Caring for your treasured garments is our aim.
Clothes are very important possessions for many people. They can say a lot about you, your personality, and your professionalism. When you look well turned out it demonstrates your attention to detail.
Clothes look great when you first buy them, but over time they can begin to look tired and unloved. Washing them has a lot to do with this, and with the huge variation in fibres and materials used in the clothing you own, it’s no wonder that some clothes simply wear out quicker than they should. Are you guilty of shoving your washing in your home washing machine all together?
It’s not enough to separate your whites and colours – you need to read the labels!
Almost all clothing has a washing label. This is the manufacturer’s guide on how to wash them and it usually based on their own testing. Following this advice is recommended if you want years of pleasure from your favourite garments, without having to replace them.
But what do the label symbols all mean? You wouldn’t be the only one who gets confused about this!
We thought we’d give you a helpful little guide on the washing labels on your clothes to help you clean them sympathetically and care for them better, helping them last for longer.
We always read the labels when you bring your laundry, ironing or dry cleaning to us, so we know a thing or two about it.
Here’s our little washing label cheat sheet!
The tub symbols
If your label has a tub symbol, then this means you can wash your item in then washing machine. Good news if you’re in a hurry. The temperature you can wash your clothes in is shown as a maximum number and you should not exceed this.
In addition to this, some labels will just show a series of dots instead, and these can range from 30 to 80 degrees. One dot means wash at or below 30 and six dots means at or below 80 degrees.
Some other symbols that you’ll need to pay attention to are those which tell you to hand wash only. Although obvious, you’re well-advised to pay attention to these.
Three more on the washing side of things include machine wash, delicate wash, and very delicate, which is indicated by the addition of more lines under the tub symbol.
The dryer symbols
Some clothes are fine to tumble dry, and others will get ruined if you do. This is really important to pay attention to, and if you’ve ever shrunk yours or someone else’s favourite top then read on!
The tumble dryer is shown as a circle in a square and with some added details tos how the temperature that you should be drying the clothing at. These range from normal, to low, to medium.
Of course, you should always check for the label DO NOT tumble dry when you buy a new garment. You don’t want to risk them changing shape or shrinking. These garments should be left to drip-dry on a clothes horse near a radiator, in an airing cupboard, or outside on your washing line rather than putting it in the dryer.
You may also come across a tumble dryer symbol with lines underneath it, and this is to tell you when you have to use a more delicate setting. For these clothes you’re better off hanging them out to dry if you can.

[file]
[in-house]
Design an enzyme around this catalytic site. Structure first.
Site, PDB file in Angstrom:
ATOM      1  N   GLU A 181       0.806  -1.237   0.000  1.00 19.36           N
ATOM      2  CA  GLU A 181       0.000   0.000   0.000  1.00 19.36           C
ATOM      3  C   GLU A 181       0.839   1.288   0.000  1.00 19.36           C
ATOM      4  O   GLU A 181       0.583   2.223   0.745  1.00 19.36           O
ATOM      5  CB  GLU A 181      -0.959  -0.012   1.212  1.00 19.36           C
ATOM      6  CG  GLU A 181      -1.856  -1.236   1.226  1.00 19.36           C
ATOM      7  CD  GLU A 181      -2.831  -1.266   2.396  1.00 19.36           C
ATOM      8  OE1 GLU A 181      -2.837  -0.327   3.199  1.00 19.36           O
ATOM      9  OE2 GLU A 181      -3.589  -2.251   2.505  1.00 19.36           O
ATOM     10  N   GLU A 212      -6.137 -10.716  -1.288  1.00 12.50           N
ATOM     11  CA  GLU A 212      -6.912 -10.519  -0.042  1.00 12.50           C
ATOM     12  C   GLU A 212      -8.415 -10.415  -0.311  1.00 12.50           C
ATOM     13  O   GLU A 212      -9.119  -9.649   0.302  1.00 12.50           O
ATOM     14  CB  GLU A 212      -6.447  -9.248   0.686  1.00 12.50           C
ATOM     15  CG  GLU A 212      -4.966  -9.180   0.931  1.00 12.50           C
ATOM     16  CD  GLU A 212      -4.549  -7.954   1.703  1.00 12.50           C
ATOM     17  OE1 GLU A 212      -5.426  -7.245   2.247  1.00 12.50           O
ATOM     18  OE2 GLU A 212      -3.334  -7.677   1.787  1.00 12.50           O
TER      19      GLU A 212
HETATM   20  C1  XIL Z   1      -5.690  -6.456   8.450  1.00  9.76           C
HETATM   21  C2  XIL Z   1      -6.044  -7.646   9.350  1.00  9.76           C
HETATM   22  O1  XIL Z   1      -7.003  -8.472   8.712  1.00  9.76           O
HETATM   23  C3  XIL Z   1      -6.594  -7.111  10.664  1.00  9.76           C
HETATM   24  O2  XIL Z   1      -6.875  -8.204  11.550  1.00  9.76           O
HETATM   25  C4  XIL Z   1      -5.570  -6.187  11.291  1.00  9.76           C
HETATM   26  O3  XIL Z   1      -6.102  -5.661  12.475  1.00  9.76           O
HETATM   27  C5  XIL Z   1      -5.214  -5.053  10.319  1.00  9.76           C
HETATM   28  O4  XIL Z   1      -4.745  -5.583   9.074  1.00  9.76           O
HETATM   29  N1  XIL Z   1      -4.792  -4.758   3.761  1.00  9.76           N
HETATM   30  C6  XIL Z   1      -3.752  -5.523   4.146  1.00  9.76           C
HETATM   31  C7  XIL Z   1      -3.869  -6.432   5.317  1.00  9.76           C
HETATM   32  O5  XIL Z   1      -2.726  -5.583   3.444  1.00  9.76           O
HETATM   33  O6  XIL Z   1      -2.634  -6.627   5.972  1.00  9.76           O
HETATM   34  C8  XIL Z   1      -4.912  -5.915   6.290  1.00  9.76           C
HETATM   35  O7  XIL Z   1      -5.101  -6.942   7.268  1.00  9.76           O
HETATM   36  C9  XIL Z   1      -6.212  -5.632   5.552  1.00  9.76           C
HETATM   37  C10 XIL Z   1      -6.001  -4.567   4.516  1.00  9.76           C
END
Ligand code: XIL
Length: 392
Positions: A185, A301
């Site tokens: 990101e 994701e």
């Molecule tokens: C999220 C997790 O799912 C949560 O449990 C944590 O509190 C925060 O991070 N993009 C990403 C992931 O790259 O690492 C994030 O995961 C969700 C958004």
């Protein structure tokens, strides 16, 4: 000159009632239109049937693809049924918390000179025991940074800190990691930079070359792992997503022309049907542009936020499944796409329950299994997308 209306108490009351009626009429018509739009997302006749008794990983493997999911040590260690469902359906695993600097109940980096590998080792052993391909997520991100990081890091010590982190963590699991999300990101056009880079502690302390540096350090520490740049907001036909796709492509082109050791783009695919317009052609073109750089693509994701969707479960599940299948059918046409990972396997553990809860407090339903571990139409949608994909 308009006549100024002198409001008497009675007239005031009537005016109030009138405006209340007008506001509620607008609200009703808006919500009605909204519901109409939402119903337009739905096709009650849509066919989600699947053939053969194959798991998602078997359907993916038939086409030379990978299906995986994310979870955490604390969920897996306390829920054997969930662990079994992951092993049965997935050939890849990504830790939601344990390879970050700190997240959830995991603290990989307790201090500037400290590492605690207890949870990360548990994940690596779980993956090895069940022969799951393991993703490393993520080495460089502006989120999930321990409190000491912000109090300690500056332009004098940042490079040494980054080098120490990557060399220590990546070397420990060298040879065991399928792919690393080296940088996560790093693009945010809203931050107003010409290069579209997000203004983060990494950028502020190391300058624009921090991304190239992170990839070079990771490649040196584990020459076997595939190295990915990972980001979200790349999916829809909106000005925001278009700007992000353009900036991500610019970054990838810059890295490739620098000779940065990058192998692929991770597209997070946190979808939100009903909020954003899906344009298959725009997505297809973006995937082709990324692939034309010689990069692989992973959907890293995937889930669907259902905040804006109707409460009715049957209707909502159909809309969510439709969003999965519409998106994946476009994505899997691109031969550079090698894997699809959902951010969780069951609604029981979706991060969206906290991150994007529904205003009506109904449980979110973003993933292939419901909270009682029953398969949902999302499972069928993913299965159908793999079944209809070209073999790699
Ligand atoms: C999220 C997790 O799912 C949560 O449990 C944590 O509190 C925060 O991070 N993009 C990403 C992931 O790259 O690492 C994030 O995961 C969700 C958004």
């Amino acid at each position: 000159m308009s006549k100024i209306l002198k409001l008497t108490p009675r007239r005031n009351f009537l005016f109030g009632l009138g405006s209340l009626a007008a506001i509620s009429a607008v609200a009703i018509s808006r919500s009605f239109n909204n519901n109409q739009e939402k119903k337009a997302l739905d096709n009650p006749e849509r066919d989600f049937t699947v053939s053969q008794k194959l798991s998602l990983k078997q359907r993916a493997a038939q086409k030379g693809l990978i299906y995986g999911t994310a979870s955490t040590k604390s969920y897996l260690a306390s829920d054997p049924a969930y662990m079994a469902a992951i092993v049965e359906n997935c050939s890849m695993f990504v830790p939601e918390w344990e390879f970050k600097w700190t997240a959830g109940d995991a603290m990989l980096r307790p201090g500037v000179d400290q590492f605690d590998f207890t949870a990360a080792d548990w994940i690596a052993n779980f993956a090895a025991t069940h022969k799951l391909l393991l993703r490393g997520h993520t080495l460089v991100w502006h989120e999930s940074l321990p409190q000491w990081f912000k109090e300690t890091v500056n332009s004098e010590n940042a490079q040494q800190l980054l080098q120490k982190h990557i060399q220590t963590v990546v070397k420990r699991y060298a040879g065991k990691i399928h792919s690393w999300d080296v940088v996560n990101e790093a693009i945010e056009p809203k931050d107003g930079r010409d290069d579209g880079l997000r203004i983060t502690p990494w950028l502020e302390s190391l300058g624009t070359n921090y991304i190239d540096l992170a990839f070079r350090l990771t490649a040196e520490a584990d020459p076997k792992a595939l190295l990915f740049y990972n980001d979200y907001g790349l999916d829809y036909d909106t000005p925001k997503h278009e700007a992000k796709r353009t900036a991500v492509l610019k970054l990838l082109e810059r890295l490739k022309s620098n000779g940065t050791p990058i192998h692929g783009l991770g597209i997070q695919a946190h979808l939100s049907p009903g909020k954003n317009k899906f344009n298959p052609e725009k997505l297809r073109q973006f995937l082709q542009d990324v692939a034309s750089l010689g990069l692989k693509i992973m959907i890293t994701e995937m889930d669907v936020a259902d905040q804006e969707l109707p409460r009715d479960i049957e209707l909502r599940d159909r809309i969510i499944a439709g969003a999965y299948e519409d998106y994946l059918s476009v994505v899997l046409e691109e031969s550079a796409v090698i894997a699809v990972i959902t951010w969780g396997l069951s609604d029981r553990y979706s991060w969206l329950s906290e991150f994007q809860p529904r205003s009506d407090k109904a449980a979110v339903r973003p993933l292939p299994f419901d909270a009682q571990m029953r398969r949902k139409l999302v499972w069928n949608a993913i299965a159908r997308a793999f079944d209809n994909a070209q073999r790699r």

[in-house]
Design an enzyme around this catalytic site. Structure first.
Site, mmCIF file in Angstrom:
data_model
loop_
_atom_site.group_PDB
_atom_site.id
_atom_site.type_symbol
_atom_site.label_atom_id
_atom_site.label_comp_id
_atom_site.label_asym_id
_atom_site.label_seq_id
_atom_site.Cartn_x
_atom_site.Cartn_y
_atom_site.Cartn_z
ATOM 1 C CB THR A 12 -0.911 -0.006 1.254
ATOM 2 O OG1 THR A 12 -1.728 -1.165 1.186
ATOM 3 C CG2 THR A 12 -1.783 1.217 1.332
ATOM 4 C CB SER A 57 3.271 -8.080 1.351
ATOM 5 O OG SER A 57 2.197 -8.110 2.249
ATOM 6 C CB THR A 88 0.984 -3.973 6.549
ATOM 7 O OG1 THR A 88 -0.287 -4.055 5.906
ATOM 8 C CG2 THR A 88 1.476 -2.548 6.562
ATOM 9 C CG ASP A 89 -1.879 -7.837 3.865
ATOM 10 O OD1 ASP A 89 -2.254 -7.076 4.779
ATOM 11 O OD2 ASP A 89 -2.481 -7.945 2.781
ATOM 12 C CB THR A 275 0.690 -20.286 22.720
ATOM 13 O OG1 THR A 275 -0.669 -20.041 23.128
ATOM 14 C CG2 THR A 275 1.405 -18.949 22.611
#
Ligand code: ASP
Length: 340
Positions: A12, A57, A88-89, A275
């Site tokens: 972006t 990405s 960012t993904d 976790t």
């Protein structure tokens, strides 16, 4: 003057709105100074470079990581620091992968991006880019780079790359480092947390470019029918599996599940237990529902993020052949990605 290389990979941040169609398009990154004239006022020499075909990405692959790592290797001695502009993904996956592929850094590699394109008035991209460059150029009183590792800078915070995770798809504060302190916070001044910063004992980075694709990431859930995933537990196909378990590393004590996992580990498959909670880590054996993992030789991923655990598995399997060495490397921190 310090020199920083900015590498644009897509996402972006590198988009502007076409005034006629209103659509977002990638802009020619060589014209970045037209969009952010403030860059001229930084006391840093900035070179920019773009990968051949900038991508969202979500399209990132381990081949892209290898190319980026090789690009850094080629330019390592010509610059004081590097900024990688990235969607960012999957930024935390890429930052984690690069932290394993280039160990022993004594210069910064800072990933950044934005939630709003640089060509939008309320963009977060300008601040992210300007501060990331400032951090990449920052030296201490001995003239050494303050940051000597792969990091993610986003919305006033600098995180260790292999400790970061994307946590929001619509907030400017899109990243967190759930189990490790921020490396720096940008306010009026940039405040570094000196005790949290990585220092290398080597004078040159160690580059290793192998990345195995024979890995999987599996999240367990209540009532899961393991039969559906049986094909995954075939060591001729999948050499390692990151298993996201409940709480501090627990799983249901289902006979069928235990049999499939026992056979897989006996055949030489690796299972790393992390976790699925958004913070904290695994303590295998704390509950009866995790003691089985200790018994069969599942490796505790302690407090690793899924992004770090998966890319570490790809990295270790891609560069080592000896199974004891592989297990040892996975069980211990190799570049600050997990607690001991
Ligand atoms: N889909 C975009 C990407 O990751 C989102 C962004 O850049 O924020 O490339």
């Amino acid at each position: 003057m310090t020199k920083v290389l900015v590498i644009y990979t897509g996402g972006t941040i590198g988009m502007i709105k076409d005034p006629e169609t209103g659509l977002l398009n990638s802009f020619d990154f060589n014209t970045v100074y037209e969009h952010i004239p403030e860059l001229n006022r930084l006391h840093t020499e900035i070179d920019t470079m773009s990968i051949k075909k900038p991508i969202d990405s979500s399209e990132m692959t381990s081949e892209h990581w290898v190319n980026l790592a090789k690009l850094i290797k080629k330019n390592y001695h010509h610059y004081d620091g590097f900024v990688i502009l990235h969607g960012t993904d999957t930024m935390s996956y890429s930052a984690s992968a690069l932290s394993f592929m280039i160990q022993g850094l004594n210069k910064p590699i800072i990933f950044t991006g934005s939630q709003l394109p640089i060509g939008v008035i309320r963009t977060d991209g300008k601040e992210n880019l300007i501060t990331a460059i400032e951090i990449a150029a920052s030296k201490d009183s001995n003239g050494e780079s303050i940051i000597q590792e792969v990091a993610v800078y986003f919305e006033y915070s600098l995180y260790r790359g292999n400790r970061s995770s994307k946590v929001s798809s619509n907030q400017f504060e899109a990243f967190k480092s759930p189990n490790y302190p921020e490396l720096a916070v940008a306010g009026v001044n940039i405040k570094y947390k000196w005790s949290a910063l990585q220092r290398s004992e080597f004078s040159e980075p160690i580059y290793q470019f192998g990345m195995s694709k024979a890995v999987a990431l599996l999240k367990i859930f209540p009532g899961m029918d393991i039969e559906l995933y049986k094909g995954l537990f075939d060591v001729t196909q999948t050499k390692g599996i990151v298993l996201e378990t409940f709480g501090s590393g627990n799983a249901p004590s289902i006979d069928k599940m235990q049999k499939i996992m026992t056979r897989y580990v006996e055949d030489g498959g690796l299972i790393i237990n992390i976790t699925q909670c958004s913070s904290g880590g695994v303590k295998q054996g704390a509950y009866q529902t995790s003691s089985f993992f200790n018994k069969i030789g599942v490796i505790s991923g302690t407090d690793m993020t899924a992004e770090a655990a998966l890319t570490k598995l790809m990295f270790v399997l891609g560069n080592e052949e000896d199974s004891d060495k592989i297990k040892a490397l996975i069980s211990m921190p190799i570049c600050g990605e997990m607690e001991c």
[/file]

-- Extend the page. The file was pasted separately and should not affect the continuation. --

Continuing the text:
The ironing symbol
Next, we have the ironing symbols. Some clothes can’t be ironed, and some need a little more care than others. The labels will be your guide here and once again you’re advised to use these as the rule rather than risk ruining your favourite clothing.
From regular ironing shown with a simple iron, most labels will then show the temperature as low, medium, and then high with one, two, or three dots respectively. If you see a BIG cross through the iron then this means DO NOT iron. So don’t!
One symbol that might confuse you is the one below. This doesn’t mean don’t iron; it means don’t steam.
By the way, a non-iron shirt doesn’t mean that you can’t iron it. It simply means that it looks ironed even if you don’t iron it. Sometimes it can get some wrinkles, or you might prefer it to look more crisp. It’s perfectly safe to iron the shirt.
The circle symbol
And then we have the advice for people like us – dry cleaners. This will also tell you that your clothing is suitable for dry cleaning and what type. Or you might also have the simple message ‘dry clean only’ which speaks for itself.
From the simple single circles meaning you can dry clean, to the instructions varying from any solvent to petroleum only, here are the dry clean labels explained:
For a dry cleaners, you might be surprised to learn that we prefer not to dry clean at all.
We use a wet cleaning process called Lagoon which you can read about here. Lagoon is an Electrolux system that we use which is a true alternative to dry cleaning and gives us what we knew and loved from dry cleaning, without the parts we didn’t like!
More washing labels you might come across
There are more that you might find in your clothing and those are all shown below. The above are the most common and the ones you’ll probably want to be more familiar with.
If you need help with your laundry, ironing or dry cleaning in Reading then you know where to come. It’s a lot less confusing to just hand your clothes over and let us worry about how to care for them!
For now, here’s the full cheat sheet for those pesky washing labels.